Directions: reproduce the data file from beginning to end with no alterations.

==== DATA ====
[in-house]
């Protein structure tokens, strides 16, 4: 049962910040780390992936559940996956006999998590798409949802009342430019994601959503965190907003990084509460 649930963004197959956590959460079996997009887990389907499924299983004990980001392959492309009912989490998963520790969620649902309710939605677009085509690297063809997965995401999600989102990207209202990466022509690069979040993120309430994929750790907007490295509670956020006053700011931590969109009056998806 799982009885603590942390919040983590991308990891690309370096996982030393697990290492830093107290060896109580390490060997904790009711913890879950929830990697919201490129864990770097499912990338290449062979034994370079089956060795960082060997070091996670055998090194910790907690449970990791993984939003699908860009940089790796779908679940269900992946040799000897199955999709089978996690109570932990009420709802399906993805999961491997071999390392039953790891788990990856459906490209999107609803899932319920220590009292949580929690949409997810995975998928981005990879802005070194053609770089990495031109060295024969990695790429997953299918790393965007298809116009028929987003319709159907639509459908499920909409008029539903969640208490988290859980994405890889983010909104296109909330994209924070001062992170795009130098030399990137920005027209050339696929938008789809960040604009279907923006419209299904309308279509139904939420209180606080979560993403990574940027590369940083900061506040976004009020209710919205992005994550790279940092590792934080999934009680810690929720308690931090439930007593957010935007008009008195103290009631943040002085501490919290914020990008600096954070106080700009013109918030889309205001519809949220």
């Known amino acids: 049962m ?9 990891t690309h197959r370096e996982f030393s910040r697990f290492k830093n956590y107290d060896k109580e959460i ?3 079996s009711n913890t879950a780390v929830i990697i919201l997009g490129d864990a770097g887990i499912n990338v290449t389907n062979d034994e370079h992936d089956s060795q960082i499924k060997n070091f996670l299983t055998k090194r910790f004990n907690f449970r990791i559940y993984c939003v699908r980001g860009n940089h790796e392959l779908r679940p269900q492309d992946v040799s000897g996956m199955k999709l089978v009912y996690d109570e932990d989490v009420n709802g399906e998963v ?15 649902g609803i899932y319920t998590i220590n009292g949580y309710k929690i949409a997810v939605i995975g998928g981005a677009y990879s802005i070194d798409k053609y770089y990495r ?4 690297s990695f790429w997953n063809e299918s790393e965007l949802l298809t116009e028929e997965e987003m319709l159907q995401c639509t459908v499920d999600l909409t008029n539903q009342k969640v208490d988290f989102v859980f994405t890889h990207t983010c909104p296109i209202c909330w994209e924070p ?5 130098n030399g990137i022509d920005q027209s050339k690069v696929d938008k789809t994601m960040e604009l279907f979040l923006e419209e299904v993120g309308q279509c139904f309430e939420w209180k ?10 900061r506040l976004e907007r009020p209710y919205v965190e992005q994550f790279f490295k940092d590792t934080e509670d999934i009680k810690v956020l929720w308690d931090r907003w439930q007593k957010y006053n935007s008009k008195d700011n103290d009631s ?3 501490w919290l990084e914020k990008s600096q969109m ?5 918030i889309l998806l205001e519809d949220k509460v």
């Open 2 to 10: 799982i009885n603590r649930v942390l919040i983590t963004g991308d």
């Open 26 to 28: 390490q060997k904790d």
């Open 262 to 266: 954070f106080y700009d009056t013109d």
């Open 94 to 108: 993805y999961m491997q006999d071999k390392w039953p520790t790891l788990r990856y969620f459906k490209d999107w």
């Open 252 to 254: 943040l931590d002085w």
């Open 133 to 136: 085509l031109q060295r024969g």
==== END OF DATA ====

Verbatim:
[in-house]
């Protein structure tokens, strides 16, 4: 049962910040780390992936559940996956006999998590798409949802009342430019994601959503965190907003990084509460 649930963004197959956590959460079996997009887990389907499924299983004990980001392959492309009912989490998963520790969620649902309710939605677009085509690297063809997965995401999600989102990207209202990466022509690069979040993120309430994929750790907007490295509670956020006053700011931590969109009056998806 799982009885603590942390919040983590991308990891690309370096996982030393697990290492830093107290060896109580390490060997904790009711913890879950929830990697919201490129864990770097499912990338290449062979034994370079089956060795960082060997070091996670055998090194910790907690449970990791993984939003699908860009940089790796779908679940269900992946040799000897199955999709089978996690109570932990009420709802399906993805999961491997071999390392039953790891788990990856459906490209999107609803899932319920220590009292949580929690949409997810995975998928981005990879802005070194053609770089990495031109060295024969990695790429997953299918790393965007298809116009028929987003319709159907639509459908499920909409008029539903969640208490988290859980994405890889983010909104296109909330994209924070001062992170795009130098030399990137920005027209050339696929938008789809960040604009279907923006419209299904309308279509139904939420209180606080979560993403990574940027590369940083900061506040976004009020209710919205992005994550790279940092590792934080999934009680810690929720308690931090439930007593957010935007008009008195103290009631943040002085501490919290914020990008600096954070106080700009013109918030889309205001519809949220």
């Known amino acids: 049962m ?9 990891t690309h197959r370096e996982f030393s910040r697990f290492k830093n956590y107290d060896k109580e959460i ?3 079996s009711n913890t879950a780390v929830i990697i919201l997009g490129d864990a770097g887990i499912n990338v290449t389907n062979d034994e370079h992936d089956s060795q960082i499924k060997n070091f996670l299983t055998k090194r910790f004990n907690f449970r990791i559940y993984c939003v699908r980001g860009n940089h790796e392959l779908r679940p269900q492309d992946v040799s000897g996956m199955k999709l089978v009912y996690d109570e932990d989490v009420n709802g399906e998963v ?15 649902g609803i899932y319920t998590i220590n009292g949580y309710k929690i949409a997810v939605i995975g998928g981005a677009y990879s802005i070194d798409k053609y770089y990495r ?4 690297s990695f790429w997953n063809e299918s790393e965007l949802l298809t116009e028929e997965e987003m319709l159907q995401c639509t459908v499920d999600l909409t008029n539903q009342k969640v208490d988290f989102v859980f994405t890889h990207t983010c909104p296109i209202c909330w994209e924070p ?5 130098n030399g990137i022509d920005q027209s050339k690069v696929d938008k789809t994601m960040e604009l279907f979040l923006e419209e299904v993120g309308q279509c139904f309430e939420w209180k ?10 900061r506040l976004e907007r009020p209710y919205v965190e992005q994550f790279f490295k940092d590792t934080e509670d999934i009680k810690v956020l929720w308690d931090r907003w439930q007593k957010y006053n935007s008009k008195d700011n103290d009631s ?3 501490w919290l990084e914020k990008s600096q969109m ?5 918030i889309l998806l205001e519809d949220k509460v």
């Open 2 to 10: 799982i009885n603590r649930v942390l919040i983590t963004g991308d």
């Open 26 to 28: 390490q060997k904790d």
């Open 262 to 266: 954070f106080y700009d009056t013109d």
């Open 94 to 108: 993805y999961m491997q006999d071999k390392w039953p520790t790891l788990r990856y969620f459906k490209d999107w």
């Open 252 to 254: 943040l931590d002085w």
């Open 133 to 136: 085509l031109q060295r024969g």